All Things Considered

  • Hosted by Pat Blank, Hosted by Melissa Block, Robert Siegel, and Audie Cornish

Weekdays at 4 p.m. on IPR News and News/Studio One
 

Every weekday, "All Things Considered" hosts Michele Norris, Robert Siegel and Audie Cornish present the program's trademark mix of news, interviews, commentaries, reviews and offbeat features.

The Latest On The Wildfires In California

Dec 6, 2017

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KELLY MCEVERS, HOST:

Where I am standing on an overlook near NPR West, I can see a lot of Los Angeles from here. The city now has four major wildfires burning nearby. Just to describe it, it looks like there's a massive layer of smoke over the city that we can see.

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MARY LOUISE KELLY, HOST:

Two women - one white, one black - are vying to be the next mayor of Atlanta. And one of them, Keisha Lance Bottoms, declared victory this morning.

(SOUNDBITE OF ARCHIVED RECORDING)

A chair is just a chair, unless it's designed as a sound-insulated "isolation sphere": a space-age, egg-shaped pod that was created by a French architect in 1971. It's the kind of unique object you can find at this year's Design Miami.

The fair features everything from vintage furniture to contemporary ceramics to handcrafted jewelry — all collectible objects from the 20th and 21st century. Rodman Primack is chief creative officer of the marketplace, where potential buyers can find unique, limited edition pieces and prototypes commissioned by 34 galleries from around the world.

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When you're facing a major life change, it helps to talk to someone who has already been through it. All Things Considered is connecting people on either side of a shared experience, and they're letting us eavesdrop on their conversations in our series Been There.

This summer, everything was going according to plan for Audrey Degraaf and her wife.

Beautiful. Pure. Natural. Medicine at its pinnacle.

Those were the words of Dr. Giuliano Testa this week — the principal investigator of a clinical trial with ten women underway at Baylor University Medical Center in Dallas.

He was talking about the birth of a baby boy to a mother who underwent a uterus transplant last year. It's a first in the U.S., but in Sweden, eight babies have been born to mothers with uterus transplants.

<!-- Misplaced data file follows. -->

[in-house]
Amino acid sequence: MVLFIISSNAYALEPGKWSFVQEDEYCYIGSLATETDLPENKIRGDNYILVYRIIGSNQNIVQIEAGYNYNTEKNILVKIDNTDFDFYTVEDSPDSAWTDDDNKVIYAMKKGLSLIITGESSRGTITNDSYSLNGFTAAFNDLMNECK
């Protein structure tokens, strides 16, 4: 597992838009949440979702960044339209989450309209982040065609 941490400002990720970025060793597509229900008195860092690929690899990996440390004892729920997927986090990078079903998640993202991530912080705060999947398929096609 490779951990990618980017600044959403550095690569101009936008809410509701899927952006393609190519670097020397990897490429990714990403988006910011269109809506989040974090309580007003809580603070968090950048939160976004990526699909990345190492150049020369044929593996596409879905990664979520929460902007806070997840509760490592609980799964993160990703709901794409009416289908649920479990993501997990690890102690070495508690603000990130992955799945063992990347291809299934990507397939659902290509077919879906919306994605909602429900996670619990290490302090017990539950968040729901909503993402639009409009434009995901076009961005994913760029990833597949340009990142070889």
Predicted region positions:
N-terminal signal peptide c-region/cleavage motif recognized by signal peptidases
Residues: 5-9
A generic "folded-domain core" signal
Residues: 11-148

Two major network news divisions are addressing problems at the organizations after unrelated incidents. ABC News President James Goldston denounced his own journalists on Monday for a botched story about the federal investigation of President Trump's inner circle. NBC News is facing skepticism from staff as the organization addresses the backlash over the Matt Lauer sexual harassment scandal.

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All eyes were on Justice Anthony Kennedy Tuesday at a riveting Supreme Court argument where the issue was whether a baker may refuse to create a wedding cake for a same-sex couple.

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For reaction to the decision to ban Russia from the Olympics let's bring in Travis Tygart. As CEO of the U.S. Anti-Doping Agency, he has long argued for a tougher stance on doping. Mr. Tygart, welcome.

Republicans say the tax-cutting overhaul being debated in Congress will jump-start the U.S. economy, leading to a lot more investment and hiring by companies.

But some economists say the tax plans — which would sharply cut corporate and business taxes and eliminate numerous deductions for individuals — come at precisely the wrong time. Lower taxes could also be undercut by Federal Reserve policymakers, who are gradually raising interest rates, they say.

Updated at 8:10 p.m. ET